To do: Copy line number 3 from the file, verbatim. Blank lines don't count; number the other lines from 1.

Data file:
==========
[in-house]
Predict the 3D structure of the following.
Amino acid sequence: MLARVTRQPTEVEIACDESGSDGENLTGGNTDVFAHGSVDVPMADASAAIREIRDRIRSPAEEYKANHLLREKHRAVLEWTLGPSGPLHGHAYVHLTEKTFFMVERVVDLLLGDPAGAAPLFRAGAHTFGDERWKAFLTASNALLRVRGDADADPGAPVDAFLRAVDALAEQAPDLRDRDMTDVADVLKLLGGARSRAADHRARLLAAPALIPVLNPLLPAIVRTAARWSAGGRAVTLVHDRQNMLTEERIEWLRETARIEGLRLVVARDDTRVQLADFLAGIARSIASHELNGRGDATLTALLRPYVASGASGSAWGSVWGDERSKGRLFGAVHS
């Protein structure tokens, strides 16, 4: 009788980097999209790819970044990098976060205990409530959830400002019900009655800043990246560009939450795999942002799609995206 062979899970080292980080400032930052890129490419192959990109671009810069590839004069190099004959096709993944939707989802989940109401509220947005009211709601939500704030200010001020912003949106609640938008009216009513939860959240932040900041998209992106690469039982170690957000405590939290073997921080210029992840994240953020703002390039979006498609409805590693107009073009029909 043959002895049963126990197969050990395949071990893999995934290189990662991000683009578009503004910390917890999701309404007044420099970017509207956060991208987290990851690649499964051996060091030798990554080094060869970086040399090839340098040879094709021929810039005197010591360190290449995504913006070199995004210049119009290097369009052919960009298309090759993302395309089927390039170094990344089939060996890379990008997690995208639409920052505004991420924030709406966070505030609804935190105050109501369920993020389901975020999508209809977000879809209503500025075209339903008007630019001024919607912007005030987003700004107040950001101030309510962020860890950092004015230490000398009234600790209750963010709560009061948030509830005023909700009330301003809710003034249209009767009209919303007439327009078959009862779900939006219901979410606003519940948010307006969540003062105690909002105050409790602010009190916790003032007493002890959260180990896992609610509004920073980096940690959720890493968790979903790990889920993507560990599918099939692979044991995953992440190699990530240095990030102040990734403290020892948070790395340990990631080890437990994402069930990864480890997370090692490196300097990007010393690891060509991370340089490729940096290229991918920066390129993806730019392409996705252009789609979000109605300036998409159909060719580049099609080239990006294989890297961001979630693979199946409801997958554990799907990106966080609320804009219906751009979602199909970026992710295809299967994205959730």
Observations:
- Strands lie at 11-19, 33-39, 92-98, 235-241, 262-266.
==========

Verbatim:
Amino acid sequence: MLARVTRQPTEVEIACDESGSDGENLTGGNTDVFAHGSVDVPMADASAAIREIRDRIRSPAEEYKANHLLREKHRAVLEWTLGPSGPLHGHAYVHLTEKTFFMVERVVDLLLGDPAGAAPLFRAGAHTFGDERWKAFLTASNALLRVRGDADADPGAPVDAFLRAVDALAEQAPDLRDRDMTDVADVLKLLGGARSRAADHRARLLAAPALIPVLNPLLPAIVRTAARWSAGGRAVTLVHDRQNMLTEERIEWLRETARIEGLRLVVARDDTRVQLADFLAGIARSIASHELNGRGDATLTALLRPYVASGASGSAWGSVWGDERSKGRLFGAVHS